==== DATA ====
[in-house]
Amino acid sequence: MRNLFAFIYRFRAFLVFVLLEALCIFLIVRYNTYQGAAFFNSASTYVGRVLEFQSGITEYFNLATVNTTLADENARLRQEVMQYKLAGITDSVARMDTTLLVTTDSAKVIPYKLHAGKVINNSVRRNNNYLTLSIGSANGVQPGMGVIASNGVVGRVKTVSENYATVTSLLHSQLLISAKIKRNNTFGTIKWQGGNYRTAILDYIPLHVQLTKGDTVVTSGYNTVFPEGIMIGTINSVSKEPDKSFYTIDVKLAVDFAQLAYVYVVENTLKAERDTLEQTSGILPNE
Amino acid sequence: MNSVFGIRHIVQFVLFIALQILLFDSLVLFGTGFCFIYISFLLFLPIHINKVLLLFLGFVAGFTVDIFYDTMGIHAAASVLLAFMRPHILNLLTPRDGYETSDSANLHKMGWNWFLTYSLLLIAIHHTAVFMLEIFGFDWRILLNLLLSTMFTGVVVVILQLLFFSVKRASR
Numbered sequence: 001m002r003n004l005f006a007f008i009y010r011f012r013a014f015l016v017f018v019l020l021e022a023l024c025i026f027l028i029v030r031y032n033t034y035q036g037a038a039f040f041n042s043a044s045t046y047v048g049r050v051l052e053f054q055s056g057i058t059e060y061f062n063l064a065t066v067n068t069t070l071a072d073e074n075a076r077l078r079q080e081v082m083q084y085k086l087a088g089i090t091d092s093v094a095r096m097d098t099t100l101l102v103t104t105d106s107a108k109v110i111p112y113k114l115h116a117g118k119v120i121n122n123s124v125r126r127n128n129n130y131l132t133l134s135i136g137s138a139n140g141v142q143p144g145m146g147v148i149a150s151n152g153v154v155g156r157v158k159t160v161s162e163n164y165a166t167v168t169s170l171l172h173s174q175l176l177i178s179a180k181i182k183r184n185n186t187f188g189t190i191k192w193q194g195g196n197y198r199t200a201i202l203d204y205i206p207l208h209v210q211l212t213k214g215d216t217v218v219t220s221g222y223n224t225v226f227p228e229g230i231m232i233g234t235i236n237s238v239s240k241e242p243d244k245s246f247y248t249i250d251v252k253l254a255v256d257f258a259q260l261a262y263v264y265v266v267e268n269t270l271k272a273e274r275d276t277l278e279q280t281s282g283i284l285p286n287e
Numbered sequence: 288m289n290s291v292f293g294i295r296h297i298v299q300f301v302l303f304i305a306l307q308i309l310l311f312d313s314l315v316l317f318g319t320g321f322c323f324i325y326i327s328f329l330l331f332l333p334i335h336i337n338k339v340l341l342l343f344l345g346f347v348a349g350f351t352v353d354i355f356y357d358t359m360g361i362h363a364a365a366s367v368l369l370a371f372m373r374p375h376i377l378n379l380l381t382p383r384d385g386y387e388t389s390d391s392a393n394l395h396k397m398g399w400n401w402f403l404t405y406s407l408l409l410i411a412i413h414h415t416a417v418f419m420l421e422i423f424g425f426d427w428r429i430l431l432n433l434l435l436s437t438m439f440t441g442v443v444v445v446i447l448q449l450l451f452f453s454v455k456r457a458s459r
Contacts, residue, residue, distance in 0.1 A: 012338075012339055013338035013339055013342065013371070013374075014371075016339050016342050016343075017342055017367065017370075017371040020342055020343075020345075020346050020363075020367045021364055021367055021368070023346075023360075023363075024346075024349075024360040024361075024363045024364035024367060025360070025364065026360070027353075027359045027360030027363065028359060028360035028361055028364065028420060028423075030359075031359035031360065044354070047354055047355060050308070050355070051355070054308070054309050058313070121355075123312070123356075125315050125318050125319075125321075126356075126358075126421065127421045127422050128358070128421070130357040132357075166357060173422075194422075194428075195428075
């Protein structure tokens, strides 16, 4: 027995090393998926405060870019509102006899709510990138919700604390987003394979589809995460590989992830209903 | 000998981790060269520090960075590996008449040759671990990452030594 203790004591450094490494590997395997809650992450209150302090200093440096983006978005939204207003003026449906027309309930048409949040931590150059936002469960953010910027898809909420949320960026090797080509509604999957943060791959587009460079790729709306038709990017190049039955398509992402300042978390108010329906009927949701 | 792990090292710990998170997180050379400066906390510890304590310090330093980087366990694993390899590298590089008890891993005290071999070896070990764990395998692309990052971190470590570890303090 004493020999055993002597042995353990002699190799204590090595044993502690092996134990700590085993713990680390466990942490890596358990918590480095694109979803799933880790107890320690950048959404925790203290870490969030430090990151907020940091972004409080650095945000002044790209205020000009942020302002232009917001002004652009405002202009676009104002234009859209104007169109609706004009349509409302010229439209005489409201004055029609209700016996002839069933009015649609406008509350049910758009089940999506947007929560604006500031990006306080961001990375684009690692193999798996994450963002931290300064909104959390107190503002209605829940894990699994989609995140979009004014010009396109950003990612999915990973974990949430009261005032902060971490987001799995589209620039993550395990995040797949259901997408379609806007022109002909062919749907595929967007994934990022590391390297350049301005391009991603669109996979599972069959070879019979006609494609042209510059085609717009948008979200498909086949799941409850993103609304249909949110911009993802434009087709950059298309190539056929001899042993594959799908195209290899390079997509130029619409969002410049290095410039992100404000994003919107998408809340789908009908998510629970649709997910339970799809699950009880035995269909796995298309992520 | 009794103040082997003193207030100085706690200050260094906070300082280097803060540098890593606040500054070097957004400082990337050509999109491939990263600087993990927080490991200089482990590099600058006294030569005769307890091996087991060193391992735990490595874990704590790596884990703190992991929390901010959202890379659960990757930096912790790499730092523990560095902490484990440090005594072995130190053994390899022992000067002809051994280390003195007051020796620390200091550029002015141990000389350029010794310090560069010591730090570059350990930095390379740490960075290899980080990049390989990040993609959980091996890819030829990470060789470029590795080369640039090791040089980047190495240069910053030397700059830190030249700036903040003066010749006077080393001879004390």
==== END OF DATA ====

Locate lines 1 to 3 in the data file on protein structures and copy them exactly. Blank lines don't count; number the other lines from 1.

[in-house]
Amino acid sequence: MRNLFAFIYRFRAFLVFVLLEALCIFLIVRYNTYQGAAFFNSASTYVGRVLEFQSGITEYFNLATVNTTLADENARLRQEVMQYKLAGITDSVARMDTTLLVTTDSAKVIPYKLHAGKVINNSVRRNNNYLTLSIGSANGVQPGMGVIASNGVVGRVKTVSENYATVTSLLHSQLLISAKIKRNNTFGTIKWQGGNYRTAILDYIPLHVQLTKGDTVVTSGYNTVFPEGIMIGTINSVSKEPDKSFYTIDVKLAVDFAQLAYVYVVENTLKAERDTLEQTSGILPNE
Amino acid sequence: MNSVFGIRHIVQFVLFIALQILLFDSLVLFGTGFCFIYISFLLFLPIHINKVLLLFLGFVAGFTVDIFYDTMGIHAAASVLLAFMRPHILNLLTPRDGYETSDSANLHKMGWNWFLTYSLLLIAIHHTAVFMLEIFGFDWRILLNLLLSTMFTGVVVVILQLLFFSVKRASR